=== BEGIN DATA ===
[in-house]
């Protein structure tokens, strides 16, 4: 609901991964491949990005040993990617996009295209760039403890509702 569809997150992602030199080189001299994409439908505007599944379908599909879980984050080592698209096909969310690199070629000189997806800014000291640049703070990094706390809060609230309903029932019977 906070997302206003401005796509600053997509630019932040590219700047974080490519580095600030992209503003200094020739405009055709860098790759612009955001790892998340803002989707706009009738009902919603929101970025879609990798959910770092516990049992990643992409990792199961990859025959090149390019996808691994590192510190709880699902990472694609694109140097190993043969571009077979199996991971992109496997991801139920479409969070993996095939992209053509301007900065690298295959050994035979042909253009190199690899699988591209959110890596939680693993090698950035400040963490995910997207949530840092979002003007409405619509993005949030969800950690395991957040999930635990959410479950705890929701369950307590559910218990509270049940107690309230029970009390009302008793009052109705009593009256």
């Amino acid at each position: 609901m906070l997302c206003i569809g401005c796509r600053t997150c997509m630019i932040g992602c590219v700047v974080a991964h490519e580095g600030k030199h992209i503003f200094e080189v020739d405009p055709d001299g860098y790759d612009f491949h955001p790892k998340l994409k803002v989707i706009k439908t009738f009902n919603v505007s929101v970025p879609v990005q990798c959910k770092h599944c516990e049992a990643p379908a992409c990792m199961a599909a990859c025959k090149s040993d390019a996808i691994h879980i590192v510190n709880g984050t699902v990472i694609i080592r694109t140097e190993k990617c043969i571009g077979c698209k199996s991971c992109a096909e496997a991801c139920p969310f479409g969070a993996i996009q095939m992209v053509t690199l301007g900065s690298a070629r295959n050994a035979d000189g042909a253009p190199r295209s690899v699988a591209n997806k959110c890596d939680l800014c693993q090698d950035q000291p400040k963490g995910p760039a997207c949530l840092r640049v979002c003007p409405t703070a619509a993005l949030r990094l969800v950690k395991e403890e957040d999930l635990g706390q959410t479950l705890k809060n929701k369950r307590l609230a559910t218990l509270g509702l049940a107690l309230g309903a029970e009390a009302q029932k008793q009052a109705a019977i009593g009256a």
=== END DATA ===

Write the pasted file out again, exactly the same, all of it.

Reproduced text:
[in-house]
């Protein structure tokens, strides 16, 4: 609901991964491949990005040993990617996009295209760039403890509702 569809997150992602030199080189001299994409439908505007599944379908599909879980984050080592698209096909969310690199070629000189997806800014000291640049703070990094706390809060609230309903029932019977 906070997302206003401005796509600053997509630019932040590219700047974080490519580095600030992209503003200094020739405009055709860098790759612009955001790892998340803002989707706009009738009902919603929101970025879609990798959910770092516990049992990643992409990792199961990859025959090149390019996808691994590192510190709880699902990472694609694109140097190993043969571009077979199996991971992109496997991801139920479409969070993996095939992209053509301007900065690298295959050994035979042909253009190199690899699988591209959110890596939680693993090698950035400040963490995910997207949530840092979002003007409405619509993005949030969800950690395991957040999930635990959410479950705890929701369950307590559910218990509270049940107690309230029970009390009302008793009052109705009593009256």
């Amino acid at each position: 609901m906070l997302c206003i569809g401005c796509r600053t997150c997509m630019i932040g992602c590219v700047v974080a991964h490519e580095g600030k030199h992209i503003f200094e080189v020739d405009p055709d001299g860098y790759d612009f491949h955001p790892k998340l994409k803002v989707i706009k439908t009738f009902n919603v505007s929101v970025p879609v990005q990798c959910k770092h599944c516990e049992a990643p379908a992409c990792m199961a599909a990859c025959k090149s040993d390019a996808i691994h879980i590192v510190n709880g984050t699902v990472i694609i080592r694109t140097e190993k990617c043969i571009g077979c698209k199996s991971c992109a096909e496997a991801c139920p969310f479409g969070a993996i996009q095939m992209v053509t690199l301007g900065s690298a070629r295959n050994a035979d000189g042909a253009p190199r295209s690899v699988a591209n997806k959110c890596d939680l800014c693993q090698d950035q000291p400040k963490g995910p760039a997207c949530l840092r640049v979002c003007p409405t703070a619509a993005l949030r990094l969800v950690k395991e403890e957040d999930l635990g706390q959410t479950l705890k809060n929701k369950r307590l609230a559910t218990l509270g509702l049940a107690l309230g309903a029970e009390a009302q029932k008793q009052a109705a019977i009593g009256a």